2 minute read

Whisk Fern

The whisk fern (Psilotum spp., family Psilotaceae) splays its leafless, whisk-like branches upward, and is a living fossil from the time before the dinosaurs. It can grow as an epiphyte in moist climates or as a terrestrial plant in drier areas. Found in the tropics from around the world, the whisk fern is descended from the first vascular land plants, the Rhyniophytes, which appeared about 400 million years ago. It is not a true fern, unlike the popular Boston fern, but both the whisk fern and true ferns are ancient plants when compared to the flowering plants or angiosperms.

The leaved genus Tmesipteis (family Tmesipteridaceae) and Psilotum are the only representatives of the division Psilophyta (order Psilopsida). The principal usefulness of Psilotum to humans lies in their limited decorative use, and in scientific study as a living example of a very ancient land plant.

The primitive nature of the whisk fern is underscored by its having flagellated sperm, unlike the more advanced flowering plants, the angiosperms. The simple branched stems of Psilotum recalls the structure of the rhyniophytes, and the whisk fern is unique among living vascular plants in its lack of roots and leaves.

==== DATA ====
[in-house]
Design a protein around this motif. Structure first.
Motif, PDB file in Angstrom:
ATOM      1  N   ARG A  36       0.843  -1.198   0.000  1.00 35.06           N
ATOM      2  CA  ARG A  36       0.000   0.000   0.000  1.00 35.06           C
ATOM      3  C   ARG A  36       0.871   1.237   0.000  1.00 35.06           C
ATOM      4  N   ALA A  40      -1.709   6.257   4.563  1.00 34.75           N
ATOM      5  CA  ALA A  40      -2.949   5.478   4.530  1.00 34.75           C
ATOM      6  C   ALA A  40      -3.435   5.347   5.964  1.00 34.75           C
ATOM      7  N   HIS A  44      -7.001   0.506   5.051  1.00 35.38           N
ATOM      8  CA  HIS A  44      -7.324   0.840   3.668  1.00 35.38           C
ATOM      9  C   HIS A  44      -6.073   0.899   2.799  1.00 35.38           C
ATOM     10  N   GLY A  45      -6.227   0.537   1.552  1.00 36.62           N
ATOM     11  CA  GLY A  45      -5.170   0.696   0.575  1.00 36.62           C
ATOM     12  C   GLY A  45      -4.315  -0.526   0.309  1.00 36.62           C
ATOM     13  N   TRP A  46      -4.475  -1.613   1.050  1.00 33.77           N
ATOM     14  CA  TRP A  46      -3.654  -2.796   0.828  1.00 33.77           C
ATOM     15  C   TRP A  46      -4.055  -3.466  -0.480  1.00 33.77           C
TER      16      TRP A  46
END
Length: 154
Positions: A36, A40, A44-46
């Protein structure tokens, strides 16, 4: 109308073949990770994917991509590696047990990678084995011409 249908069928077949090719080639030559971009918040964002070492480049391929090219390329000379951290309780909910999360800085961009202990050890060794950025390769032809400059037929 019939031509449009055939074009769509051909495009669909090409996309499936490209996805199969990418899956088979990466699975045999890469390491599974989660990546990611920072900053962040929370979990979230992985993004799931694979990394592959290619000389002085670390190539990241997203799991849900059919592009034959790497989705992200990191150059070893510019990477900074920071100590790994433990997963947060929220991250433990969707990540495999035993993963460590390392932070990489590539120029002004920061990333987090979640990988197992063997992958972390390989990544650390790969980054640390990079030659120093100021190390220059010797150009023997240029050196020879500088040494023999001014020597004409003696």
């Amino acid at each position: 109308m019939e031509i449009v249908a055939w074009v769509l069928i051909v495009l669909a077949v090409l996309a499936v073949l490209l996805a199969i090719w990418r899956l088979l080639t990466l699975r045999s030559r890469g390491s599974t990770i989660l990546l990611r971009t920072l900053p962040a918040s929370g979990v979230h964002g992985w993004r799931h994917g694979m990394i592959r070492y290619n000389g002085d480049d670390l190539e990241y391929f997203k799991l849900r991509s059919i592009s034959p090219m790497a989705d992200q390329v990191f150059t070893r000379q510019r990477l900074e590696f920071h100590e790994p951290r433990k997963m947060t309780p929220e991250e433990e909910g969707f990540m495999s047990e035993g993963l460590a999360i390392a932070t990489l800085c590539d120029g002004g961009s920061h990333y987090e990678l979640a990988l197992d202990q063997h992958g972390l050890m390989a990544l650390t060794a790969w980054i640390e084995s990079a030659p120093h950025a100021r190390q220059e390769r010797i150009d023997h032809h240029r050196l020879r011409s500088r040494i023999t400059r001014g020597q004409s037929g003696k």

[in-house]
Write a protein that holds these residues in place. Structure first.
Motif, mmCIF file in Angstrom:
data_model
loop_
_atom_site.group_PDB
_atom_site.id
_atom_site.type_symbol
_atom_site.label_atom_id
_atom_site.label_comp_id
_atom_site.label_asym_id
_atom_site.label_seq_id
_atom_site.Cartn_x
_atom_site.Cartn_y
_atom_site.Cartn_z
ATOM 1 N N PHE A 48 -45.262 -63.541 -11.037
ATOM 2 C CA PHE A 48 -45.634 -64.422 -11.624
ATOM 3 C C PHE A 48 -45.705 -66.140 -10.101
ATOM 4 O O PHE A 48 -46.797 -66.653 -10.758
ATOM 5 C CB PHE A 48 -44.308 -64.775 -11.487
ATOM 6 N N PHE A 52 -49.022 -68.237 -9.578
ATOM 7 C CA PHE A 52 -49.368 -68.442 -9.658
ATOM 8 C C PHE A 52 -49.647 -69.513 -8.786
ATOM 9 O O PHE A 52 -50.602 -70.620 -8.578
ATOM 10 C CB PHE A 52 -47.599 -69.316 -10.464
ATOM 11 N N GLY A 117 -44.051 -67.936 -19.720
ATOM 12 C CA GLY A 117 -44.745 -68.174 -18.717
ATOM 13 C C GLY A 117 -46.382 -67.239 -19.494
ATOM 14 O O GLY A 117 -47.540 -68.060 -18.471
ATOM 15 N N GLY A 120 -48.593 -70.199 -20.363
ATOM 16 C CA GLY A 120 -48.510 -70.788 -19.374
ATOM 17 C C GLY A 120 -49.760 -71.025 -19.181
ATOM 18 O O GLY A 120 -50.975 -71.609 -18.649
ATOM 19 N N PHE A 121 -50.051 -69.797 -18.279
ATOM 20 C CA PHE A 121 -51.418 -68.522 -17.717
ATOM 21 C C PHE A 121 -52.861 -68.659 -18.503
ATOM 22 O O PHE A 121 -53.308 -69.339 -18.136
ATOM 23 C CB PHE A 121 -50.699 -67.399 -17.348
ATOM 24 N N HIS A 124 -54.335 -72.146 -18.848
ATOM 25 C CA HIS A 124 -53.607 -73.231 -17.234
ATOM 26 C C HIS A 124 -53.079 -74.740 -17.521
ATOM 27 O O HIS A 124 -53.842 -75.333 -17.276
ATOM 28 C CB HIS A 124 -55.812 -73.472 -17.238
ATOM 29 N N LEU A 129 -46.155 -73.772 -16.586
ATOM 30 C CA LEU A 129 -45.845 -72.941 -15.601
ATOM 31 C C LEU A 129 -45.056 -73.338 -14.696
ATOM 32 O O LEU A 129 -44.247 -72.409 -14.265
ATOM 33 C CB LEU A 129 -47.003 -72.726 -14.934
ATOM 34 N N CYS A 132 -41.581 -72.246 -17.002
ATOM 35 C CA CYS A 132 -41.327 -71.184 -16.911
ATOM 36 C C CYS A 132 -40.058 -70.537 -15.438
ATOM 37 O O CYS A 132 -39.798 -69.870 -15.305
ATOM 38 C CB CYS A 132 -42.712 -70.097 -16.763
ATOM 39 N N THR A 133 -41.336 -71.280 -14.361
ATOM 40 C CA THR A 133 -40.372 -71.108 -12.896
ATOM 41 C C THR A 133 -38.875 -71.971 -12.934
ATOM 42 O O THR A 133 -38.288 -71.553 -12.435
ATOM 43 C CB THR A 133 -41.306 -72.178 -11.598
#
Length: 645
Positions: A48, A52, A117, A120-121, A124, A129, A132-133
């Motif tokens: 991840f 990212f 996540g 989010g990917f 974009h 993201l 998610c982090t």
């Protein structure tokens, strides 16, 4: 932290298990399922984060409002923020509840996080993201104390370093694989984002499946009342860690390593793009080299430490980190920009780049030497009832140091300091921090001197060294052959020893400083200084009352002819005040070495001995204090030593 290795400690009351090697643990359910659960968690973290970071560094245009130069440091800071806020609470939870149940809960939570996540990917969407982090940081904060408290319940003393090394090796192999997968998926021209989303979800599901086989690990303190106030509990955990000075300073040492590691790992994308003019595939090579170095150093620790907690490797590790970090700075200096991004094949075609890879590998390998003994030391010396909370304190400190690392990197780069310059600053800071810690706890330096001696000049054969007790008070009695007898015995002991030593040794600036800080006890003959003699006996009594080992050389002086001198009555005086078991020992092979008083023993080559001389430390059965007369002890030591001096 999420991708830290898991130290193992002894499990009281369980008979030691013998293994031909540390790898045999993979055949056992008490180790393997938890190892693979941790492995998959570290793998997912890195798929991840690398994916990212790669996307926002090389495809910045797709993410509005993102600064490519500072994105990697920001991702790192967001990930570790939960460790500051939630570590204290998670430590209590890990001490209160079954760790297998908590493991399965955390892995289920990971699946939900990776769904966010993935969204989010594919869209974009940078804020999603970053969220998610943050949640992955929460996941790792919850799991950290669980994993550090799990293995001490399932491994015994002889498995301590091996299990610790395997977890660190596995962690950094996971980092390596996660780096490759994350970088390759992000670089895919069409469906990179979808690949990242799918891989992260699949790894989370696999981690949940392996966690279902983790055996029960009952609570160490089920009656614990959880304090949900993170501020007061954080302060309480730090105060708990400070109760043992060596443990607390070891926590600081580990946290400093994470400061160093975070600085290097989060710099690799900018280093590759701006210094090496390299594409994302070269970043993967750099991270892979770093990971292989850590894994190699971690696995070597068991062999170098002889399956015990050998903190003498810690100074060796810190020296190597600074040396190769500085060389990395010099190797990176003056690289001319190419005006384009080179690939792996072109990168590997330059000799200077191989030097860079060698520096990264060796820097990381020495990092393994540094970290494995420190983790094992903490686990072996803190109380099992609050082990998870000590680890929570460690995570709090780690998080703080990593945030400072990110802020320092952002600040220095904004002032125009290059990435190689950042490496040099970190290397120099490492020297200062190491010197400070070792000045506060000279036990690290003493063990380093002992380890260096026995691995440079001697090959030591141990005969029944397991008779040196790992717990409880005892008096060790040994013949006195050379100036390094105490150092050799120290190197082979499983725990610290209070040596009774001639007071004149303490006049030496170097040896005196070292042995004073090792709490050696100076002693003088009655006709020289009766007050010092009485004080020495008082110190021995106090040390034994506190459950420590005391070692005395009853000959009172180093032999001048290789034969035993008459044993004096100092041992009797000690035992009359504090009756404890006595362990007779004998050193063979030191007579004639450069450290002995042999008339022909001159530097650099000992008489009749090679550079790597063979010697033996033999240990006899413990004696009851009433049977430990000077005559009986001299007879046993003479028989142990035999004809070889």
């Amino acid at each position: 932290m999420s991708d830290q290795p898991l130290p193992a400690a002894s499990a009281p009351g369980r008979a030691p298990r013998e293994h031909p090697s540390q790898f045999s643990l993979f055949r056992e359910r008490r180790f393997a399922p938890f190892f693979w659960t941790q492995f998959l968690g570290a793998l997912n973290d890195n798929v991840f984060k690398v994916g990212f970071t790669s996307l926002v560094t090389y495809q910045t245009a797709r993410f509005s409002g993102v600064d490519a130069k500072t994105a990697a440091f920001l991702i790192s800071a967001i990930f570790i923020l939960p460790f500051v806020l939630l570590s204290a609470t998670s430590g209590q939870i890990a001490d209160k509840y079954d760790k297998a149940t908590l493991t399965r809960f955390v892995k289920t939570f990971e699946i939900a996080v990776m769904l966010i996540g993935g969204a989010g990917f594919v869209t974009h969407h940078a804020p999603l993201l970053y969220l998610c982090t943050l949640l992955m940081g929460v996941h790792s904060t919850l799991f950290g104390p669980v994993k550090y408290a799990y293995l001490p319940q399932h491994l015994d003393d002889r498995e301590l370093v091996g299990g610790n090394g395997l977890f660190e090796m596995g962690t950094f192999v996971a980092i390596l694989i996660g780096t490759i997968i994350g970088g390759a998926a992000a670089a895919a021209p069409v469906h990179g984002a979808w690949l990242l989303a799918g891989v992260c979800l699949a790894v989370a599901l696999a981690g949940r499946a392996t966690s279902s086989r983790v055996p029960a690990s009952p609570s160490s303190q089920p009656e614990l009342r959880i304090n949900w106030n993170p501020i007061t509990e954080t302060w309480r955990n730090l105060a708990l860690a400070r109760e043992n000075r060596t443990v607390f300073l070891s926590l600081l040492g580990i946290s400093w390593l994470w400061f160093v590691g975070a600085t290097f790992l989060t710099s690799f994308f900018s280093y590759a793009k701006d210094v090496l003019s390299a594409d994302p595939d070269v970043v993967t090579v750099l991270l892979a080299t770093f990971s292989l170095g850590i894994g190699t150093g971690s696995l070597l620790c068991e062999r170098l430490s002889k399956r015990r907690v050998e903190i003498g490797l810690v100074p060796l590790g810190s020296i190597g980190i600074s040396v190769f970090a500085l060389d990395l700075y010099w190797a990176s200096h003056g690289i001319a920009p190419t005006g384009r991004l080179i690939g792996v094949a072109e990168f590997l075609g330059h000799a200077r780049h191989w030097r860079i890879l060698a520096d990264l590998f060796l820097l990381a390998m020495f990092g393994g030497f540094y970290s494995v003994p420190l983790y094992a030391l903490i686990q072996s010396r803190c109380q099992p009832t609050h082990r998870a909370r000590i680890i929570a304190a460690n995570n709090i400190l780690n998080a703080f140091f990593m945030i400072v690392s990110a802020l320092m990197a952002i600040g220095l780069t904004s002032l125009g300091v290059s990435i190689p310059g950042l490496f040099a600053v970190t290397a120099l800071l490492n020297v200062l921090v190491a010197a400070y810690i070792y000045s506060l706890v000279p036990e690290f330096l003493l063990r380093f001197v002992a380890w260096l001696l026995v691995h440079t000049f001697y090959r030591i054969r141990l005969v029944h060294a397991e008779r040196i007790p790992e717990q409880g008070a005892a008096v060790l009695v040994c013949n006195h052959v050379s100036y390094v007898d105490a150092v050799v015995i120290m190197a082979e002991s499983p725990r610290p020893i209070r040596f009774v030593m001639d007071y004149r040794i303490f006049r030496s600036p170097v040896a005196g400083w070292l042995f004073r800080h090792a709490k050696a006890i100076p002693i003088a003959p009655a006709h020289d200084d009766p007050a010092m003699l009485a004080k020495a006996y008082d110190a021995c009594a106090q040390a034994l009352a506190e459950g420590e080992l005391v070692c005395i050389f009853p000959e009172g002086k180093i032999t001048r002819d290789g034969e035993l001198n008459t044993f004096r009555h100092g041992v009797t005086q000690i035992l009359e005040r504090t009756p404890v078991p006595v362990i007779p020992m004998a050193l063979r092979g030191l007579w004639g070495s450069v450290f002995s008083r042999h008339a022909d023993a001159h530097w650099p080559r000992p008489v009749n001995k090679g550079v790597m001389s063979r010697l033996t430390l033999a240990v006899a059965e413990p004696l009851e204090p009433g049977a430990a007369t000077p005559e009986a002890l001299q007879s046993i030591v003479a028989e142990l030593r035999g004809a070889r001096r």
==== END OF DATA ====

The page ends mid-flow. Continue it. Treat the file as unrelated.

In place of roots the whisk fern has rhizomes, that is, modified underground stems. In Psilotum nudum the rhizome occurs with a mutualistic fungus in a type of mycorrhiza useful for obtaining necessary nutrients. Because Psilotum is without leaves, the interior parts of the stem conduct food and water, known as the vascular cylinder. In Psilotum the vascular cylinder lacks a central part made of large, open-looking cells, called pith. The lack of these cells defines the type of vascular cylinder known as a protostele.

The lack of seeds in the reproductive cycle of the whisk fern is another example of its ancient evolutionary origins. In place of the pollen and ovule of angiosperms, Psilotum has multicellular male and female gametophytes, and the whisk fern has spores which give rise to the gametophytes.

The gametophyte is the stage of the plant life cycle which has a haploid complement of chromosomes (1n). The gametophytes of flowering plants are extremely reduced in size. The pollen grain and the seven-celled ovule are hidden within the unpollinated ovary. However, in ancient plants such as the whisk fern, the gametophyte is relatively large. The gametophyte of Psilotum even has vascular tissue and a distinct area of food—and water—conducting tissues, unlike the gametophytes of more ancient plants, such as moss and liverworts. The cigar-shaped gametophytes also grow underground, unlike the gametophytes of many other plants, where they are nourished by an endophytic fungus. Scientists have now learned how to germinate the spores of some species of Psilotum in the laboratory, allowing for a more complete study of their gametophytes.

Additional topics

Science EncyclopediaScience & Philosophy: Well-being to Jan Ɓukasiewicz Biography